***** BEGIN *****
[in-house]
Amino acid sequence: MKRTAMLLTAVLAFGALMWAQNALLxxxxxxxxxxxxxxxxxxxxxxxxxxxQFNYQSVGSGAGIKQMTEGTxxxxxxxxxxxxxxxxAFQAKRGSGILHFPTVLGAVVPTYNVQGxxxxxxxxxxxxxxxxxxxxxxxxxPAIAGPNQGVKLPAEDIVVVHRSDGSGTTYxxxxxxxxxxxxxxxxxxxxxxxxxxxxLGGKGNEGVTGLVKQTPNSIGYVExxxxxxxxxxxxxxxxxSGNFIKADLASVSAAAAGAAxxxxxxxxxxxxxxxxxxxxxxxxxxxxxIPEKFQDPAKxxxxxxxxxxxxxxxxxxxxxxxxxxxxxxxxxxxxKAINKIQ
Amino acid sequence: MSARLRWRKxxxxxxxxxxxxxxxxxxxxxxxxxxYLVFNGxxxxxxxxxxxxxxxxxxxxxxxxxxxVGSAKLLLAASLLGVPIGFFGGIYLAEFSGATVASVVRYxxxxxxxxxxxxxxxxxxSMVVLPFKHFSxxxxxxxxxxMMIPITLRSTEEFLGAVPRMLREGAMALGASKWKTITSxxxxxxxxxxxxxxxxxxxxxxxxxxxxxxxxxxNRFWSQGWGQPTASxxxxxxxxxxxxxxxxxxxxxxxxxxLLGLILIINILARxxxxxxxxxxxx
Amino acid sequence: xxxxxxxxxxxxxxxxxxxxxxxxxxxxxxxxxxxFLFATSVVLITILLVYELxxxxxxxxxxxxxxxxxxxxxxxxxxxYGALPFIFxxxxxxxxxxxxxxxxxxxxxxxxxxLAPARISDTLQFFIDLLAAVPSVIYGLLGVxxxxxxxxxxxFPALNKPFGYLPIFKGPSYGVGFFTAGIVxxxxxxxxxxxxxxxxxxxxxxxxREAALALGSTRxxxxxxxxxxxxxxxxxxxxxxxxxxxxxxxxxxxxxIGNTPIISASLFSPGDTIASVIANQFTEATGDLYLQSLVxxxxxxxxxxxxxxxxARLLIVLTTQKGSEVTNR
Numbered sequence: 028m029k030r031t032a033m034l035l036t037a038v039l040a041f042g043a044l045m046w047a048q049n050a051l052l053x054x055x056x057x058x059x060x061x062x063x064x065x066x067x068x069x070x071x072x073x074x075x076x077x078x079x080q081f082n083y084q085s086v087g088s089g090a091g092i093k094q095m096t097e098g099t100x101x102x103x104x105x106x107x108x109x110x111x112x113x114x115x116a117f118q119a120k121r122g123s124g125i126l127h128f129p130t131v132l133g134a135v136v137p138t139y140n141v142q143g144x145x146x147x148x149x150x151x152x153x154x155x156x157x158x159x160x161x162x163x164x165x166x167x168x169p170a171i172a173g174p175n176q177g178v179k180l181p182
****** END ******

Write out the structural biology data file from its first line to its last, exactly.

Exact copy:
[in-house]
Amino acid sequence: MKRTAMLLTAVLAFGALMWAQNALLxxxxxxxxxxxxxxxxxxxxxxxxxxxQFNYQSVGSGAGIKQMTEGTxxxxxxxxxxxxxxxxAFQAKRGSGILHFPTVLGAVVPTYNVQGxxxxxxxxxxxxxxxxxxxxxxxxxPAIAGPNQGVKLPAEDIVVVHRSDGSGTTYxxxxxxxxxxxxxxxxxxxxxxxxxxxxLGGKGNEGVTGLVKQTPNSIGYVExxxxxxxxxxxxxxxxxSGNFIKADLASVSAAAAGAAxxxxxxxxxxxxxxxxxxxxxxxxxxxxxIPEKFQDPAKxxxxxxxxxxxxxxxxxxxxxxxxxxxxxxxxxxxxKAINKIQ
Amino acid sequence: MSARLRWRKxxxxxxxxxxxxxxxxxxxxxxxxxxYLVFNGxxxxxxxxxxxxxxxxxxxxxxxxxxxVGSAKLLLAASLLGVPIGFFGGIYLAEFSGATVASVVRYxxxxxxxxxxxxxxxxxxSMVVLPFKHFSxxxxxxxxxxMMIPITLRSTEEFLGAVPRMLREGAMALGASKWKTITSxxxxxxxxxxxxxxxxxxxxxxxxxxxxxxxxxxNRFWSQGWGQPTASxxxxxxxxxxxxxxxxxxxxxxxxxxLLGLILIINILARxxxxxxxxxxxx
Amino acid sequence: xxxxxxxxxxxxxxxxxxxxxxxxxxxxxxxxxxxFLFATSVVLITILLVYELxxxxxxxxxxxxxxxxxxxxxxxxxxxYGALPFIFxxxxxxxxxxxxxxxxxxxxxxxxxxLAPARISDTLQFFIDLLAAVPSVIYGLLGVxxxxxxxxxxxFPALNKPFGYLPIFKGPSYGVGFFTAGIVxxxxxxxxxxxxxxxxxxxxxxxxREAALALGSTRxxxxxxxxxxxxxxxxxxxxxxxxxxxxxxxxxxxxxIGNTPIISASLFSPGDTIASVIANQFTEATGDLYLQSLVxxxxxxxxxxxxxxxxARLLIVLTTQKGSEVTNR
Numbered sequence: 028m029k030r031t032a033m034l035l036t037a038v039l040a041f042g043a044l045m046w047a048q049n050a051l052l053x054x055x056x057x058x059x060x061x062x063x064x065x066x067x068x069x070x071x072x073x074x075x076x077x078x079x080q081f082n083y084q085s086v087g088s089g090a091g092i093k094q095m096t097e098g099t100x101x102x103x104x105x106x107x108x109x110x111x112x113x114x115x116a117f118q119a120k121r122g123s124g125i126l127h128f129p130t131v132l133g134a135v136v137p138t139y140n141v142q143g144x145x146x147x148x149x150x151x152x153x154x155x156x157x158x159x160x161x162x163x164x165x166x167x168x169p170a171i172a173g174p175n176q177g178v179k180l181p182